Psychiatric Disorders in Pregnancy – Obstetrics | Lecturio

Psychiatric Disorders in Pregnancy – Obstetrics | Lecturio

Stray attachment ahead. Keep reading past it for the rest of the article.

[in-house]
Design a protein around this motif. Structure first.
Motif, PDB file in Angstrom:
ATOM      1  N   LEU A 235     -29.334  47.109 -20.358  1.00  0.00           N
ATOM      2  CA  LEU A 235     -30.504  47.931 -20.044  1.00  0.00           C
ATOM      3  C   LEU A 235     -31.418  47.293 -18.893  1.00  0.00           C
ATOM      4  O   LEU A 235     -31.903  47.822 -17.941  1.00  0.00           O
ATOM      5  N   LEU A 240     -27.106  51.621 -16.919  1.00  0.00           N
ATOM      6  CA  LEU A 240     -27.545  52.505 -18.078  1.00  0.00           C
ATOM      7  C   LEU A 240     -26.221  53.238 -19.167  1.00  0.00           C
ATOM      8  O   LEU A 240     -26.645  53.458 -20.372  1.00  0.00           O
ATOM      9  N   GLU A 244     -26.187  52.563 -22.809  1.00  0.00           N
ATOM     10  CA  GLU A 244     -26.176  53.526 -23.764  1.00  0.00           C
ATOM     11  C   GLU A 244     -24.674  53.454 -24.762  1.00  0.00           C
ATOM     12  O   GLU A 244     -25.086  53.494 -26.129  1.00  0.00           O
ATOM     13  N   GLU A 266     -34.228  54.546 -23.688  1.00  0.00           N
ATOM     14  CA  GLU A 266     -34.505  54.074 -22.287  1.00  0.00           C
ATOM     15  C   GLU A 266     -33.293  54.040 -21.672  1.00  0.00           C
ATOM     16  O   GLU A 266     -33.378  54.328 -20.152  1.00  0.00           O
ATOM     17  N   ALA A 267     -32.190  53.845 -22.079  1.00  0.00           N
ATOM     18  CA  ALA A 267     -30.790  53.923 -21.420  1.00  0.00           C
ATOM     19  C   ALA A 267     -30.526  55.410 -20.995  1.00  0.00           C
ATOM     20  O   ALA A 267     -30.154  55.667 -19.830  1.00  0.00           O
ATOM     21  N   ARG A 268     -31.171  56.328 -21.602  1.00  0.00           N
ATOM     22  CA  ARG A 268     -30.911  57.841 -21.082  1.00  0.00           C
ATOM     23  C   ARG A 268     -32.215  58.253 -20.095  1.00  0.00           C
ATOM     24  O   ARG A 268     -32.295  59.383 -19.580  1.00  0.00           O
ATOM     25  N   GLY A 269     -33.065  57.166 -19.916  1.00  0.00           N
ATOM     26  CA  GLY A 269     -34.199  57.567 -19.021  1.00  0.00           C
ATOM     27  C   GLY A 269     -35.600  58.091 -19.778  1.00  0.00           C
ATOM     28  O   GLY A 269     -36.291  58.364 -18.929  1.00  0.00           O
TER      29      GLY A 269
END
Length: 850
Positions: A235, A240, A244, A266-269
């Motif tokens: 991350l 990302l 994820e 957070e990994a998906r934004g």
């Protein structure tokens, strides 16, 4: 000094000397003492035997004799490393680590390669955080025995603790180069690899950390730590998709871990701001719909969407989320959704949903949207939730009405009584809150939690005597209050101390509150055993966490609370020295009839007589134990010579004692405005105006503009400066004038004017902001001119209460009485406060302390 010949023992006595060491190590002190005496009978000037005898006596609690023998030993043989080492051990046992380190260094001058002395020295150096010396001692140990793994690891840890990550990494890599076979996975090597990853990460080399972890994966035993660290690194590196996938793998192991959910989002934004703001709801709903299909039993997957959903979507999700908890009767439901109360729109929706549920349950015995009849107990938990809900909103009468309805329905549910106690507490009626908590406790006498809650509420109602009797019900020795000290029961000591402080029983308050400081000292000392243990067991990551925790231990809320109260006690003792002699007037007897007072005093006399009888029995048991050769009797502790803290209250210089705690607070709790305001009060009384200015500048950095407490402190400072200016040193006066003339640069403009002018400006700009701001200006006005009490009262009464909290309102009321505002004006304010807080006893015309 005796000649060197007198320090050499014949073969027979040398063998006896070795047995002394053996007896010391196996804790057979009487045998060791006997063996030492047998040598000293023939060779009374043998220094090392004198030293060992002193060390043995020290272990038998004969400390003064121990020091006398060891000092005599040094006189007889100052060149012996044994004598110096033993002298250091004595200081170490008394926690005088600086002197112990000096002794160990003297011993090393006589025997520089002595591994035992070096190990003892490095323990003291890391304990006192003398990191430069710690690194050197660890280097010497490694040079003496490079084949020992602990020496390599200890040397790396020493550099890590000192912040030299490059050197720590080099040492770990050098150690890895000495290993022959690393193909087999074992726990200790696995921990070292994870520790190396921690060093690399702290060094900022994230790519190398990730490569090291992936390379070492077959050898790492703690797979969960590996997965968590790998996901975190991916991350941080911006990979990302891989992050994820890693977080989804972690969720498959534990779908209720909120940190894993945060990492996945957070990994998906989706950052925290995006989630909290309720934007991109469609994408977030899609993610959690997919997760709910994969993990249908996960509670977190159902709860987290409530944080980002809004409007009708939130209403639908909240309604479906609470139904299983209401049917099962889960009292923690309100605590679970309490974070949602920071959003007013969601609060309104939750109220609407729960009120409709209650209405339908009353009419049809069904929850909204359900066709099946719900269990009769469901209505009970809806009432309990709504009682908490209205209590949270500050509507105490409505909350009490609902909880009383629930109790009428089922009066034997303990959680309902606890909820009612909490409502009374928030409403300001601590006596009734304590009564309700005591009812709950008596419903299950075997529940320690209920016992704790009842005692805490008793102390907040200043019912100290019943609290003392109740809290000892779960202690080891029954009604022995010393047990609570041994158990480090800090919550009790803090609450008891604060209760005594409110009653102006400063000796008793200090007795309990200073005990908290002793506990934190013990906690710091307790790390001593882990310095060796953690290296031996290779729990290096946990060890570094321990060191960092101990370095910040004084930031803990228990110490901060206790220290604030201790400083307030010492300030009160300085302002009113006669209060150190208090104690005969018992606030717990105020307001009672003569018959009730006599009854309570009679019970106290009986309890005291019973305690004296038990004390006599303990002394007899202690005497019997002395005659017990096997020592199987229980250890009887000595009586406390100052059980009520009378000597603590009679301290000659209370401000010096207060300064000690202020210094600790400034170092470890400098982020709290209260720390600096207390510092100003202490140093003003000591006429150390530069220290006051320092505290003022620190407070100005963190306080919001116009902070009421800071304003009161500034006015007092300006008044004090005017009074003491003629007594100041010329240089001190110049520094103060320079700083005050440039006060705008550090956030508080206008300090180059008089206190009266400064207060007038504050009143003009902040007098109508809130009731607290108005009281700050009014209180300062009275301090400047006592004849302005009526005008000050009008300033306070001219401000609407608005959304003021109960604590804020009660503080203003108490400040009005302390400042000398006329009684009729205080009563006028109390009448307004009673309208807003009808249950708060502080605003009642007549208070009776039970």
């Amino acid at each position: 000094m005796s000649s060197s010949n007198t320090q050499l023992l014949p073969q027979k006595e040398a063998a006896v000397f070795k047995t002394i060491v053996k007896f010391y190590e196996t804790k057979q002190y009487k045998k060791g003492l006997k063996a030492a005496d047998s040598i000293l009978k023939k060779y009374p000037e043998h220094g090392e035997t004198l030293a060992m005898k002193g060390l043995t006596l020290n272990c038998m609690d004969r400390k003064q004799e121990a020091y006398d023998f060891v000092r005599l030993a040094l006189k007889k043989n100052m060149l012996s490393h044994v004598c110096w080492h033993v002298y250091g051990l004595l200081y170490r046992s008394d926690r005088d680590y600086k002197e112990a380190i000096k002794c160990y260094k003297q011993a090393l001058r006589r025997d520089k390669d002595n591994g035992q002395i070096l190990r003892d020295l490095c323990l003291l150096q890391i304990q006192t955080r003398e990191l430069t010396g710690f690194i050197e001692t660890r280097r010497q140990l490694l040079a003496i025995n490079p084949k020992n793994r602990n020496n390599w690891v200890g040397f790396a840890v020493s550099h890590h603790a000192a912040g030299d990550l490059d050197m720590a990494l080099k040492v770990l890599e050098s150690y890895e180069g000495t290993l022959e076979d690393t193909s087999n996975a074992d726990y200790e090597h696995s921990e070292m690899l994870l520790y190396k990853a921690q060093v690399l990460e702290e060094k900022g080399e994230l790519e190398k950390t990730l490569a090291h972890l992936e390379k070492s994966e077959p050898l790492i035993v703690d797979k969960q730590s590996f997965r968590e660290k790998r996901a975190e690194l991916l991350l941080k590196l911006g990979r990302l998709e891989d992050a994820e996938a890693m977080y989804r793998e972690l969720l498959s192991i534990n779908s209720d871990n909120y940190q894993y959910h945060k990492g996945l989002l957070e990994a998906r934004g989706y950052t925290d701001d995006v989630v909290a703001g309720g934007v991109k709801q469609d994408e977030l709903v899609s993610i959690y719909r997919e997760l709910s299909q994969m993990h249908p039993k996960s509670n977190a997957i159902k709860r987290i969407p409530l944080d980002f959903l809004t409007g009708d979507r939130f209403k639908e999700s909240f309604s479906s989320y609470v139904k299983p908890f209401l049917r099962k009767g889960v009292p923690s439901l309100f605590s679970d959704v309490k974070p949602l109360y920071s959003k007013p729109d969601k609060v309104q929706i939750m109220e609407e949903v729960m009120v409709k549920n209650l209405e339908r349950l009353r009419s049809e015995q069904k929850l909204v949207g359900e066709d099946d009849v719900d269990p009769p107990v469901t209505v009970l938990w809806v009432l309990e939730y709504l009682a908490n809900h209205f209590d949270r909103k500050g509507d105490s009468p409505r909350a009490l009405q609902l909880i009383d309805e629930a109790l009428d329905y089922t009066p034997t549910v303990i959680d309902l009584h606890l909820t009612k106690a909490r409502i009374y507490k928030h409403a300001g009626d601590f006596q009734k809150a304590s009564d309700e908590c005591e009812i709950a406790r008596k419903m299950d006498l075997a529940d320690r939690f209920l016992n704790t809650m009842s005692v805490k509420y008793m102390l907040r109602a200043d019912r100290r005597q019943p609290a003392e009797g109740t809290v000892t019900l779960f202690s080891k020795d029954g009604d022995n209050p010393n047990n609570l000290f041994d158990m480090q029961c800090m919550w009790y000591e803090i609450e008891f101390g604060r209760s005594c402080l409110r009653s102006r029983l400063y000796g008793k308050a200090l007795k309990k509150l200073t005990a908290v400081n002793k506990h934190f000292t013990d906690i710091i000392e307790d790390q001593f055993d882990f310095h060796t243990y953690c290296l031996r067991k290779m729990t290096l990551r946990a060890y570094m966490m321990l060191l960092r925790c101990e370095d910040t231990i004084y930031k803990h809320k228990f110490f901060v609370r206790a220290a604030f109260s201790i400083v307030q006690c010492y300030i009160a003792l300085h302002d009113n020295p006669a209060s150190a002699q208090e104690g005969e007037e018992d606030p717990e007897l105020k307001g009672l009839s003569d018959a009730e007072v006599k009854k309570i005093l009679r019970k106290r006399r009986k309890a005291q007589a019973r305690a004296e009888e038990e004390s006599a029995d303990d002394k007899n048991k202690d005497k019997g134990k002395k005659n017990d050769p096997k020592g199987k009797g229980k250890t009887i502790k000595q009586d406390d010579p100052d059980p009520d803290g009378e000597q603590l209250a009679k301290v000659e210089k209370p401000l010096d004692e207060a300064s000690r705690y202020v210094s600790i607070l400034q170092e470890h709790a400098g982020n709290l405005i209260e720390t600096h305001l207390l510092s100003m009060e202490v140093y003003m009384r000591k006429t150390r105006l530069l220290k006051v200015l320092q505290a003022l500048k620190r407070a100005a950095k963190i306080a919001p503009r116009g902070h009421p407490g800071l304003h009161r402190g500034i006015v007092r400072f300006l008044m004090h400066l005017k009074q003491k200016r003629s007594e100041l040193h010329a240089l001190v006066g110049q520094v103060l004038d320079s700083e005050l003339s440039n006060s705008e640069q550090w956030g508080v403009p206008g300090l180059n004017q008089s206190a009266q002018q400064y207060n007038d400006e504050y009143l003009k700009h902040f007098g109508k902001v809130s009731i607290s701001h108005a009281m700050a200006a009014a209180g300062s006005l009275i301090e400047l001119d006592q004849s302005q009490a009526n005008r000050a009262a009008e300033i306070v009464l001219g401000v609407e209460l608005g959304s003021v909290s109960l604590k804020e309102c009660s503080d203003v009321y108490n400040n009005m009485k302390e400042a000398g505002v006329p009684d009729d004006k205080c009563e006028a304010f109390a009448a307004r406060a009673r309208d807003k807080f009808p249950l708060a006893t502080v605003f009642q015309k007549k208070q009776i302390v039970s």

[Music] now we’ll talk about psychiatric disorders in pregnancy so there are three psychiatric disorders that we see in pregnancy postpartum blues postpartum depression and postpartum psychosis let’s take the time to explore each of these so postpartum blues it occurs in about 50 to 80 percent of pregnancies so it’s very common the symptoms are guilt crying feeling overwhelmed and the onset is usually anywhere between birth to two weeks after delivery the treatment spontaneous it resolves on its own so you just reassure mom if she has these symptoms next is postpartum depression now there are risk factors for postpartum depression you need to be aware of these so that when you see your patients during pregnancy you also make them aware that if these symptoms start to happen associate with postpartum depression they should seek your care so if a patient has a history of postpartum depression or depression in general they’re at increased risk for developing postpartum depression if they have poor social support if the baby has health problems or if there’s another baby that they’re taking care of another child they’re taking care of that has health problems they are at increased risk for developing postpartum depression if they have difficulty with breastfeeding if we remember from the breastfeeding lecture breastfeeding is one of the things that protects us against postpartum depression so if there’s difficulty with breastfeeding this can be a risk factor and also for families or moms that have financial difficulties they’re at increased risk for developing postpartum depression as well so with postpartum depression it occurs in approximately fifteen to twenty-five percent of pregnancies now that rate may actually be a bit higher because sometimes we’re not so great at diagnosing it speaking of diagnosis there is a way to diagnose postpartum depression it is called the edinburgh post natal depression scale this scale is administered to up to from two weeks up to a year after delivery it is a self-administered questionnaire where patients are able to assess how well they are coping with their new state of being a mom it’s very good at determining who has postpartum depression so what are the symptoms inability to cope if they have disinterest in themselves disinterest in their child disinterest in their normal activities that patient may have postpartum depression onset of symptoms can be anywhere from two weeks up to a year after the birth of their child the treatment is psychotherapy and SSRIs so the literature shows that doing psychotherapy works well doing medication works well but the two working together works the best now postpartum psychosis this is very rare we see this in less than 1% of pregnancies symptoms are the same as typical psychosis meaning patients may experience visual or auditory hallucinations the onset of symptoms can be anywhere from two weeks up to a year after delivery now the treatment for psychosis because it is a more severe form of a psychiatric disorder are to start antipsychotics under the care of psychiatrists this is not typically a diagnosis that obstetricians will take care of now let’s review that again epidemiology for postpartum blues 50 to 80 percent of pregnancies symptoms guilt crying being overwhelmed onset two weeks and it resolves spontaneously postpartum depression 15 to 25 percent of pregnancies symptoms being inability to cope did centrist in self or child onset being 2 weeks up to a year after delivery treatment psychotherapy and SSRIs postpartum psychosis occurs in less than 1% of pregnancies symptoms are visual and auditory hallucinations onset of symptoms 2 weeks up to a year after delivery and treatment antipsychotics under the care of psychiatrist of note in any of these situations if a patient is complaining of homicidal or suicidal ideation that patient needs to be referred to the emergency room for immediate hospitalization so let’s take a case this is a nineteen year old gravity’ one para one female that presents to your office two weeks after an emergency c-section for evaluation of her incision you notice that she appears unkempt and seized seems just interested in her infant upon further questioning she reports separating from her partner and has poor family support she reports crying all the time and she is having difficulty coping the next best step in managing this patient is a reassurance be began a selective serotonin reuptake inhibitor or an SSRI C hospitalization under the care of a psychiatrist d reevaluate symptoms in two weeks to determine if they have resolved what do you think the answer is the answer is B we want to begin a selective serotonin reuptake inhibitor let’s break down this question now she’s presenting two weeks after her c-section okay so that lets us think that now the symptoms are starting two weeks after delivery she seems unkempt and disinterested in her child which means she’s also disinterested in herself and she has separated from her partner and has poor family support she’s crying all the time and having difficulty coping these are all symptoms and all risk factors for postpartum depression so a is incorrect reassurance is only used for postpartum blues C is incorrect because we use this if suicidal ideation homicidal ideation is present or psychosis and D yes we may want to reevaluate the symptoms in two weeks but the patient needs therapy now so the answer is B start a selective serotonin reuptake inhibitor [Music]

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